LONG BEFORE Edelstein entered politics, his name became known around the world as a symbol of dissent among Soviet Jewry hoping to make aliya.

Edelstein, now 54, was born in Chernvitsi to parents who eventually converted to Christianity, his father becoming a Russian Orthodox priest. His parents raised him with the knowledge that he was living under a totalitarian regime, and by the time Edelstein was a university student he was determined to leave the country.

“First I was anti-government, and then I became a Zionist,” he explains.

During his student years, in which he studied English and German, Edelstein’s grandparents passed away, and he found books his grandfather had used to teach himself Hebrew, as well as pages copied from a Hebrew-Russian dictionary.

The books piqued Edelstein’s curiosity as a student of languages, and he began studying them as an homage to his grandfather.

Soon he started to learn more about Jewish culture and read books in Hebrew, and by 1979 he asked for an exit visa to go to Israel.

His application was rejected and he was expelled from university. The next year, his Hebrew teacher, Lev Ulanovsky, was allowed to make aliya, and Edelstein began teaching.

As a teacher, Edelstein also slowly grew closer to religion.

“Out of Zionist enthusiasm, I would tell my students that the Jewish people invented Shabbat, the day of rest. ‘The world laughed for 2,000 years, but now everyone has a day of rest from work.’ I realized that I was saying these things but not keeping Shabbat. The same happened with keeping kosher – people would come from abroad and not eat in our house. At first, my wife and I started keeping a kosher house because we said people endangered their lives to bring us books and recordings of Hebrew lessons, so how can we not serve them food?” he recounts.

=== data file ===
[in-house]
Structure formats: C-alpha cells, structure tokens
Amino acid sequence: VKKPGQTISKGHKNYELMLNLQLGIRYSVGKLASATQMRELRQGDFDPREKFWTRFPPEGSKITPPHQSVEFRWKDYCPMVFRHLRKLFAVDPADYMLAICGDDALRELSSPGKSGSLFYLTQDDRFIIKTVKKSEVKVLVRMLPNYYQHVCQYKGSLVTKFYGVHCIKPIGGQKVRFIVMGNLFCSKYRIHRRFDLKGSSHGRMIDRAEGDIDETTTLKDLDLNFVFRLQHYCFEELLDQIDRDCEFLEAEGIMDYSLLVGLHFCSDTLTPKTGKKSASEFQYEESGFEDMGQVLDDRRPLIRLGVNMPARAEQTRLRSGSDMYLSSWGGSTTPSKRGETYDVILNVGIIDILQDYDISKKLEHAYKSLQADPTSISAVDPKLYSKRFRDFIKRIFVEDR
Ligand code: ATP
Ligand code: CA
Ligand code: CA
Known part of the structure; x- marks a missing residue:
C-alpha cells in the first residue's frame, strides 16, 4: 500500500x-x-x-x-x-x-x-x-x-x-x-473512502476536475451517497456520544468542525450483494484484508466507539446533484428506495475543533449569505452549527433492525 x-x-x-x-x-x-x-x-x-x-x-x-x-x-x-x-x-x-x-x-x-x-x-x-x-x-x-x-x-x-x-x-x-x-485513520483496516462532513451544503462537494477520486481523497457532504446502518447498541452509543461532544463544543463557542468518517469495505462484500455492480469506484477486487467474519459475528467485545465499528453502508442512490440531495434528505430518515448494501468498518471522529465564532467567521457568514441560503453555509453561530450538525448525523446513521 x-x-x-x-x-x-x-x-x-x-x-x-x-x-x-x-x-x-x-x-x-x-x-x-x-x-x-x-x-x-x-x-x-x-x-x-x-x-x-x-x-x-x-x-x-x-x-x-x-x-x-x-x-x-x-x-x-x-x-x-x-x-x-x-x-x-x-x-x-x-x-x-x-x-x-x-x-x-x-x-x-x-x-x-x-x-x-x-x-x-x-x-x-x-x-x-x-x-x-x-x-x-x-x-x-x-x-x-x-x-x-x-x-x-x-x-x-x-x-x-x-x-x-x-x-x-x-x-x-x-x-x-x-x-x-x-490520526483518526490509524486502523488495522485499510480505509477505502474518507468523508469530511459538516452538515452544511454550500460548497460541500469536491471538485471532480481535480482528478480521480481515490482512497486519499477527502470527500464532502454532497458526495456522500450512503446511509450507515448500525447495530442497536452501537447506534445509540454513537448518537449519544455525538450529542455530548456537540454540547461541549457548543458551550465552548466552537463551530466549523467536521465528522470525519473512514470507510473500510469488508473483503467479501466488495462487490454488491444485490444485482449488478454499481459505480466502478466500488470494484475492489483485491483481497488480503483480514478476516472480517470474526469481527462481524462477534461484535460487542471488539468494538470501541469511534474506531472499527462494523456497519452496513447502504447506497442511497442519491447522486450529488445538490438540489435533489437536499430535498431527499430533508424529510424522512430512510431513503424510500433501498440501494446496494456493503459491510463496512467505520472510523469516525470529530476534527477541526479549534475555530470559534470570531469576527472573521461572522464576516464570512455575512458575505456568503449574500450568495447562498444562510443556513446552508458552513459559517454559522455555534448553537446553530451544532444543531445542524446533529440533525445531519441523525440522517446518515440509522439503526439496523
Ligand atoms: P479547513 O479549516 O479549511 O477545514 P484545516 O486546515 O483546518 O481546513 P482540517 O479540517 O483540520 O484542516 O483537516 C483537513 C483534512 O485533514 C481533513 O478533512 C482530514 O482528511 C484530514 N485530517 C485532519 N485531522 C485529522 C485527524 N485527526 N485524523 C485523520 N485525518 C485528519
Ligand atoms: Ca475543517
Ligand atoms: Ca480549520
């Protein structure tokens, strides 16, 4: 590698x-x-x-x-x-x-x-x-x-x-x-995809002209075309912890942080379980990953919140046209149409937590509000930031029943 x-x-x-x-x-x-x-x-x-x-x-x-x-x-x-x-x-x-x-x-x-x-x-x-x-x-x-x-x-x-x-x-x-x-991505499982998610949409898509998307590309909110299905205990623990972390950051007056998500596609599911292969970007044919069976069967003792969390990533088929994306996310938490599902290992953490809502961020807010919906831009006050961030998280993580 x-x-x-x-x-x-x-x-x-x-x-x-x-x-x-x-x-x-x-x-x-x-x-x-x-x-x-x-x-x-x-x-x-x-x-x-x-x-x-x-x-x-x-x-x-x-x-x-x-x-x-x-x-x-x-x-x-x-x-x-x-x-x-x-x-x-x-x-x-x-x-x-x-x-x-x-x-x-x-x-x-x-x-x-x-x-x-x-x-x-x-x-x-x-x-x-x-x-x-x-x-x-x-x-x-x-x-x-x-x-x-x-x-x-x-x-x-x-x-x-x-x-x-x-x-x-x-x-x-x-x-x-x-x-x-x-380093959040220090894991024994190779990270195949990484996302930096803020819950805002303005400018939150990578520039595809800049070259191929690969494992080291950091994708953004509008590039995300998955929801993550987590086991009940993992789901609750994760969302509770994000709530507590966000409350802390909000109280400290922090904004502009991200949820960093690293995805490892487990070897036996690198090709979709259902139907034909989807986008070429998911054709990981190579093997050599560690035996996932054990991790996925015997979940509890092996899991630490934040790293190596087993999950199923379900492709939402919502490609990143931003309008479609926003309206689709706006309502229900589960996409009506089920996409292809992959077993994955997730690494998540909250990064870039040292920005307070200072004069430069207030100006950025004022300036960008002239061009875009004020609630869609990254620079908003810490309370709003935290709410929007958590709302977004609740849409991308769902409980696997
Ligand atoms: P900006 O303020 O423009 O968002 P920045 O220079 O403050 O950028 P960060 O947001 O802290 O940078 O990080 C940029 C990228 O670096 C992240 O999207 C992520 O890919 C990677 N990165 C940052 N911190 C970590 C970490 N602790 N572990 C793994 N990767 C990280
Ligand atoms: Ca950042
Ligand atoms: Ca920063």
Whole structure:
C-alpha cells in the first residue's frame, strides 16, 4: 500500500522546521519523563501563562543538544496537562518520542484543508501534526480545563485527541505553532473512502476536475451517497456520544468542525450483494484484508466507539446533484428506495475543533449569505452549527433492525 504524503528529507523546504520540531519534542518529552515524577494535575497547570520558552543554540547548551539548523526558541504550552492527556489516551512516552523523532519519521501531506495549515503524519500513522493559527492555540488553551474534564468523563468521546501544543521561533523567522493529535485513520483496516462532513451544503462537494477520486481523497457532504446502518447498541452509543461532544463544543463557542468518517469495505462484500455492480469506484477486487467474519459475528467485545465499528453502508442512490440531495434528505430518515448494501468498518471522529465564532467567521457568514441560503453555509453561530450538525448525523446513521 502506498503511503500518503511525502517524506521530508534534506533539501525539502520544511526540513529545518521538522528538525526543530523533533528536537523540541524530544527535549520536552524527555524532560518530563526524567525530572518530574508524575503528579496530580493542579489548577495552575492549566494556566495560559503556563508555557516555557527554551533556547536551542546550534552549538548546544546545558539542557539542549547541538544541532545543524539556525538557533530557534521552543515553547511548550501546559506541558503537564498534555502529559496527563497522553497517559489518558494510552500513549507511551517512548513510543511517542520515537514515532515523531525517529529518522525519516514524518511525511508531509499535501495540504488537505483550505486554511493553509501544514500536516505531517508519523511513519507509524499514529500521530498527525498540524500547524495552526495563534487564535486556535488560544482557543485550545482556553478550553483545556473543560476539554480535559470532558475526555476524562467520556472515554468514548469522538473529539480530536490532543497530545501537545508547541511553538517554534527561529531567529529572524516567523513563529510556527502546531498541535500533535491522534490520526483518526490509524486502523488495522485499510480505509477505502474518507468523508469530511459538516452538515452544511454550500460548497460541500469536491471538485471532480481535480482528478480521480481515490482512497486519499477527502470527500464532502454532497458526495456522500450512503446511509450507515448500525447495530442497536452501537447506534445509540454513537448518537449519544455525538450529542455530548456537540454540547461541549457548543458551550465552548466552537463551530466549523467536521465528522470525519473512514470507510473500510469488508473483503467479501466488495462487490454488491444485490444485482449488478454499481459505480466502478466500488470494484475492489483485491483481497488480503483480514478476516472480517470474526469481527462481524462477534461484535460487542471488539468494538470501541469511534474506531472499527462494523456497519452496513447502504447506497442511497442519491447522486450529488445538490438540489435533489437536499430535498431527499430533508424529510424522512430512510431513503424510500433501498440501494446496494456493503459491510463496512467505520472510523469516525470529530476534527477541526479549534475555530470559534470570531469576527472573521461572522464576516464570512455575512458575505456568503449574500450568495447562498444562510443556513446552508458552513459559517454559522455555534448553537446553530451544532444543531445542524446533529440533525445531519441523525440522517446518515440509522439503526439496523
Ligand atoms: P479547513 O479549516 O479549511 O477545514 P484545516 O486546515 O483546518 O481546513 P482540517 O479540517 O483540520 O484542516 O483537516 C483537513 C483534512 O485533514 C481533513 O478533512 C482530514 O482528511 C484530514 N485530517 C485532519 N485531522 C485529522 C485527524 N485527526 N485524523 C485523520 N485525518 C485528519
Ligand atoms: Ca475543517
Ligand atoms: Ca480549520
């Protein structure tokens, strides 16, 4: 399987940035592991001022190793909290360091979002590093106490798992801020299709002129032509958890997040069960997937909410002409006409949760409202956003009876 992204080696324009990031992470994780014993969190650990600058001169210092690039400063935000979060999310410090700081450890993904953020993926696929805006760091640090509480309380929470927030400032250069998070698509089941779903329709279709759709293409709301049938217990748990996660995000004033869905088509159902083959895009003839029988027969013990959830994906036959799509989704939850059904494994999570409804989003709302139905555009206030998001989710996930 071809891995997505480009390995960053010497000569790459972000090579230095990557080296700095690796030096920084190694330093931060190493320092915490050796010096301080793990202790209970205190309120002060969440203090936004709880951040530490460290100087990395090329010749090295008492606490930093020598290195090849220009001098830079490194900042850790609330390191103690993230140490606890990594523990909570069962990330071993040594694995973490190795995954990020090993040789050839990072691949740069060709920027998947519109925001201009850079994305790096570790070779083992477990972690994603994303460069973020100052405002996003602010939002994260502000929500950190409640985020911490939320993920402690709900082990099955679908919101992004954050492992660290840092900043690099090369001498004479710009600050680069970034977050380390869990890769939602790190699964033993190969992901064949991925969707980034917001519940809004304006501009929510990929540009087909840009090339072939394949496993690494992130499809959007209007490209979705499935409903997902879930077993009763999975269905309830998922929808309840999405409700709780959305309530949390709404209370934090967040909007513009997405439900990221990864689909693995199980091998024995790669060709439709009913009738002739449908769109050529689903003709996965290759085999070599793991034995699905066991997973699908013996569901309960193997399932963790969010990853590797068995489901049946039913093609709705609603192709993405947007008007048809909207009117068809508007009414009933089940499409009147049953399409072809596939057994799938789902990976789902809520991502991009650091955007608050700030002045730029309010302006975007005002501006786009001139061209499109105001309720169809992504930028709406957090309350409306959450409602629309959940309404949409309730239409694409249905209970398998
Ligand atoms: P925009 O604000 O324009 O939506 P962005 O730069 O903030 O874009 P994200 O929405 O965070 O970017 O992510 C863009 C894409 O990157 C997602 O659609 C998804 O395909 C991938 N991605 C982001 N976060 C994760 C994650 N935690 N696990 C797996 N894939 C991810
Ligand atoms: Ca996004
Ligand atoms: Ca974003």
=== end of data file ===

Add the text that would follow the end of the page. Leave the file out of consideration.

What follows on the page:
Edelstein learned more details about Judaism from the few Chabad hassidim in the area and taught Hebrew, but the government prevented him from keeping a regular day job. He worked as a cleaner and a mover, but his longest-lasting position was as a nude model for an art school in Moscow.

“I would hold Passover Seders with my family and my students. The Haggada says that in every generation you have to see yourself as part of the Exodus from Egypt, and that took no effort for us. Most of the people who were at those Seders live in Israel now, and we remember the special atmosphere,” he says.

“One time, we opened the door for Elijah the Prophet and there was a policeman there, saying there were noise complaints.”

In 1984, Edelstein and other Hebrew teachers were arrested on trumped-up charges.

Edelstein was accused of drug possession and sent to do hard labor in gulags in Siberia, where he spent three years, including a stint in a prison hospital when he sustained serious injuries from falling off a 4-meter ladder.

Despite the inhumane conditions in the gulag, Edelstein managed to have matza on all three Passovers he spent in prison.